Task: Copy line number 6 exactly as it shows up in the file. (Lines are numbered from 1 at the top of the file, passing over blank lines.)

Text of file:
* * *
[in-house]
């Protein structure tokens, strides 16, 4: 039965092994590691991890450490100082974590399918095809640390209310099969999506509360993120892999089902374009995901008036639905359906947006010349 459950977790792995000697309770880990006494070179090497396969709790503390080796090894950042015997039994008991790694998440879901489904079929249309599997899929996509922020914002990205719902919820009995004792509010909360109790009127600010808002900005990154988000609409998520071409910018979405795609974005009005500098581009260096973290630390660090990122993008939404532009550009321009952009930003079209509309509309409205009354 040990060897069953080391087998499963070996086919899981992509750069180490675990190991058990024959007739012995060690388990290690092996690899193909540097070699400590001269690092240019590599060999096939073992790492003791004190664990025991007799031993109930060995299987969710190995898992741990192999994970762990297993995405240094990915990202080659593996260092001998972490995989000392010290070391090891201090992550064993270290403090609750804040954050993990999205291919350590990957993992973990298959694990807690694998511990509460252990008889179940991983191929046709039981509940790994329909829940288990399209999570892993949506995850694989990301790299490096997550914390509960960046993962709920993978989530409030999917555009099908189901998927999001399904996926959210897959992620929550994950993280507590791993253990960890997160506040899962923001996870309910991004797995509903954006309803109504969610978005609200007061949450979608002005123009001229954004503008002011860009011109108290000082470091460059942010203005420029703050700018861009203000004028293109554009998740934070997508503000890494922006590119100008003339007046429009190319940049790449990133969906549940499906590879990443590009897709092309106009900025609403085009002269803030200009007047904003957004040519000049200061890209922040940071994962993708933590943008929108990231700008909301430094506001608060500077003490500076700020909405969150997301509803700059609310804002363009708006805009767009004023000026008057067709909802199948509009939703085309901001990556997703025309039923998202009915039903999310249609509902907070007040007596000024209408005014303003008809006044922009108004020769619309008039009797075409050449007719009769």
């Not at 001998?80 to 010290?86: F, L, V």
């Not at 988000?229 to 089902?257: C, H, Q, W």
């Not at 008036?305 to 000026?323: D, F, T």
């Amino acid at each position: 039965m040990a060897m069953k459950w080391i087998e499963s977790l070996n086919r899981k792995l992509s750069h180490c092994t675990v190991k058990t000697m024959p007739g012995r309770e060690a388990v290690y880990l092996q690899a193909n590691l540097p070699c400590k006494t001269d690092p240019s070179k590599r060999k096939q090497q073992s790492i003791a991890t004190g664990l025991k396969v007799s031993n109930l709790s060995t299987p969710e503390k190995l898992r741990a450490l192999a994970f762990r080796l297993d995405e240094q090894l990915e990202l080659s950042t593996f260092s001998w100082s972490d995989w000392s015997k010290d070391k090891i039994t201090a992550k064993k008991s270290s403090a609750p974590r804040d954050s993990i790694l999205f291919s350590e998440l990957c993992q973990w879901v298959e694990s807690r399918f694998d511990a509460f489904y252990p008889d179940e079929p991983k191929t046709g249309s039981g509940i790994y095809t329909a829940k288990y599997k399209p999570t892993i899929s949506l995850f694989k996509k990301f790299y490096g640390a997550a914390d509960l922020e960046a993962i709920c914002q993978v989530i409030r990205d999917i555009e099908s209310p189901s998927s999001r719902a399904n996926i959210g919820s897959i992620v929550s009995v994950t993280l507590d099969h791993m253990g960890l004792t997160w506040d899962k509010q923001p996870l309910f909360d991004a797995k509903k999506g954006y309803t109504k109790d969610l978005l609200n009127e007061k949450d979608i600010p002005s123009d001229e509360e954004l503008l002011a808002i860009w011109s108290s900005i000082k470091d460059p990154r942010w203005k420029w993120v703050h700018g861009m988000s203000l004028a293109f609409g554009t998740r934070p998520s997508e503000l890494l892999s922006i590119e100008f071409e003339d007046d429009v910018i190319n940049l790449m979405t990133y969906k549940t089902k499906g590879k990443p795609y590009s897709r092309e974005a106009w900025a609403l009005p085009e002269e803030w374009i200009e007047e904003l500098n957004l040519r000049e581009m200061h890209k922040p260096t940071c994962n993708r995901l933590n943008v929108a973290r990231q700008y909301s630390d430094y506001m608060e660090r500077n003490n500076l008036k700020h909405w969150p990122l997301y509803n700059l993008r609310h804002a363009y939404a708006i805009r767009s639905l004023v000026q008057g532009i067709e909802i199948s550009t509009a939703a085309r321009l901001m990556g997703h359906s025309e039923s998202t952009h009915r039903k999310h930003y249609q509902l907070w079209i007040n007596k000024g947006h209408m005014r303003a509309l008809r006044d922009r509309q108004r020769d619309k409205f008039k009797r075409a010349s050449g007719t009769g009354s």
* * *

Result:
């Amino acid at each position: 039965m040990a060897m069953k459950w080391i087998e499963s977790l070996n086919r899981k792995l992509s750069h180490c092994t675990v190991k058990t000697m024959p007739g012995r309770e060690a388990v290690y880990l092996q690899a193909n590691l540097p070699c400590k006494t001269d690092p240019s070179k590599r060999k096939q090497q073992s790492i003791a991890t004190g664990l025991k396969v007799s031993n109930l709790s060995t299987p969710e503390k190995l898992r741990a450490l192999a994970f762990r080796l297993d995405e240094q090894l990915e990202l080659s950042t593996f260092s001998w100082s972490d995989w000392s015997k010290d070391k090891i039994t201090a992550k064993k008991s270290s403090a609750p974590r804040d954050s993990i790694l999205f291919s350590e998440l990957c993992q973990w879901v298959e694990s807690r399918f694998d511990a509460f489904y252990p008889d179940e079929p991983k191929t046709g249309s039981g509940i790994y095809t329909a829940k288990y599997k399209p999570t892993i899929s949506l995850f694989k996509k990301f790299y490096g640390a997550a914390d509960l922020e960046a993962i709920c914002q993978v989530i409030r990205d999917i555009e099908s209310p189901s998927s999001r719902a399904n996926i959210g919820s897959i992620v929550s009995v994950t993280l507590d099969h791993m253990g960890l004792t997160w506040d899962k509010q923001p996870l309910f909360d991004a797995k509903k999506g954006y309803t109504k109790d969610l978005l609200n009127e007061k949450d979608i600010p002005s123009d001229e509360e954004l503008l002011a808002i860009w011109s108290s900005i000082k470091d460059p990154r942010w203005k420029w993120v703050h700018g861009m988000s203000l004028a293109f609409g554009t998740r934070p998520s997508e503000l890494l892999s922006i590119e100008f071409e003339d007046d429009v910018i190319n940049l790449m979405t990133y969906k549940t089902k499906g590879k990443p795609y590009s897709r092309e974005a106009w900025a609403l009005p085009e002269e803030w374009i200009e007047e904003l500098n957004l040519r000049e581009m200061h890209k922040p260096t940071c994962n993708r995901l933590n943008v929108a973290r990231q700008y909301s630390d430094y506001m608060e660090r500077n003490n500076l008036k700020h909405w969150p990122l997301y509803n700059l993008r609310h804002a363009y939404a708006i805009r767009s639905l004023v000026q008057g532009i067709e909802i199948s550009t509009a939703a085309r321009l901001m990556g997703h359906s025309e039923s998202t952009h009915r039903k999310h930003y249609q509902l907070w079209i007040n007596k000024g947006h209408m005014r303003a509309l008809r006044d922009r509309q108004r020769d619309k409205f008039k009797r075409a010349s050449g007719t009769g009354s």